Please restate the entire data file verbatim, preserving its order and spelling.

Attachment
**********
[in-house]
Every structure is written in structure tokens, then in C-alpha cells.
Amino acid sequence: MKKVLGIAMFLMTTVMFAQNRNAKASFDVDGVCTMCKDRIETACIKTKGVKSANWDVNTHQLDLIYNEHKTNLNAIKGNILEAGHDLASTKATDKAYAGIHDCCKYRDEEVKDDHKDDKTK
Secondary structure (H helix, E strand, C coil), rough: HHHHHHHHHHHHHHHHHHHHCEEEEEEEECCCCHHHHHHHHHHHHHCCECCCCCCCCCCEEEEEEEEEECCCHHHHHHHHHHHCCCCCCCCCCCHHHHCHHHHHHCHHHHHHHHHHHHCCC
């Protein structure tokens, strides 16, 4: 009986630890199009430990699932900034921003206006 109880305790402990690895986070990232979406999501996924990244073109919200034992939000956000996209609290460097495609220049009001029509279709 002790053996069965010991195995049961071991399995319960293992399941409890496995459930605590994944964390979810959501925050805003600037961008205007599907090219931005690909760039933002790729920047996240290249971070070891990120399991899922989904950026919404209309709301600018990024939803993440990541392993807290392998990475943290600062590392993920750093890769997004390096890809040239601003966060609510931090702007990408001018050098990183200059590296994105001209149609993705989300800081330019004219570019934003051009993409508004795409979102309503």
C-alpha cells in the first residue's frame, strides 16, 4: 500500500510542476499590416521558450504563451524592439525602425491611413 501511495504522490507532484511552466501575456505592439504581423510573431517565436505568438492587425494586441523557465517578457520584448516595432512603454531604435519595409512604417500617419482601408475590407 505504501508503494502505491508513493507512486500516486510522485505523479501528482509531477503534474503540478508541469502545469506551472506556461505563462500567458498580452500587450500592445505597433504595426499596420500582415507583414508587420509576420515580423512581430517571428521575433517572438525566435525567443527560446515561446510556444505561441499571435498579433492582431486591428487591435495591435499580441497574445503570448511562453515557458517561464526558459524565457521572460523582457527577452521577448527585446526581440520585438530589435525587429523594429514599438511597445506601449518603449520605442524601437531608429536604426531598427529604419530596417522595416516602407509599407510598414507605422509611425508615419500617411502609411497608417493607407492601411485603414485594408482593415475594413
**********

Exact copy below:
[in-house]
Every structure is written in structure tokens, then in C-alpha cells.
Amino acid sequence: MKKVLGIAMFLMTTVMFAQNRNAKASFDVDGVCTMCKDRIETACIKTKGVKSANWDVNTHQLDLIYNEHKTNLNAIKGNILEAGHDLASTKATDKAYAGIHDCCKYRDEEVKDDHKDDKTK
Secondary structure (H helix, E strand, C coil), rough: HHHHHHHHHHHHHHHHHHHHCEEEEEEEECCCCHHHHHHHHHHHHHCCECCCCCCCCCCEEEEEEEEEECCCHHHHHHHHHHHCCCCCCCCCCCHHHHCHHHHHHCHHHHHHHHHHHHCCC
């Protein structure tokens, strides 16, 4: 009986630890199009430990699932900034921003206006 109880305790402990690895986070990232979406999501996924990244073109919200034992939000956000996209609290460097495609220049009001029509279709 002790053996069965010991195995049961071991399995319960293992399941409890496995459930605590994944964390979810959501925050805003600037961008205007599907090219931005690909760039933002790729920047996240290249971070070891990120399991899922989904950026919404209309709301600018990024939803993440990541392993807290392998990475943290600062590392993920750093890769997004390096890809040239601003966060609510931090702007990408001018050098990183200059590296994105001209149609993705989300800081330019004219570019934003051009993409508004795409979102309503």
C-alpha cells in the first residue's frame, strides 16, 4: 500500500510542476499590416521558450504563451524592439525602425491611413 501511495504522490507532484511552466501575456505592439504581423510573431517565436505568438492587425494586441523557465517578457520584448516595432512603454531604435519595409512604417500617419482601408475590407 505504501508503494502505491508513493507512486500516486510522485505523479501528482509531477503534474503540478508541469502545469506551472506556461505563462500567458498580452500587450500592445505597433504595426499596420500582415507583414508587420509576420515580423512581430517571428521575433517572438525566435525567443527560446515561446510556444505561441499571435498579433492582431486591428487591435495591435499580441497574445503570448511562453515557458517561464526558459524565457521572460523582457527577452521577448527585446526581440520585438530589435525587429523594429514599438511597445506601449518603449520605442524601437531608429536604426531598427529604419530596417522595416516602407509599407510598414507605422509611425508615419500617411502609411497608417493607407492601411485603414485594408482593415475594413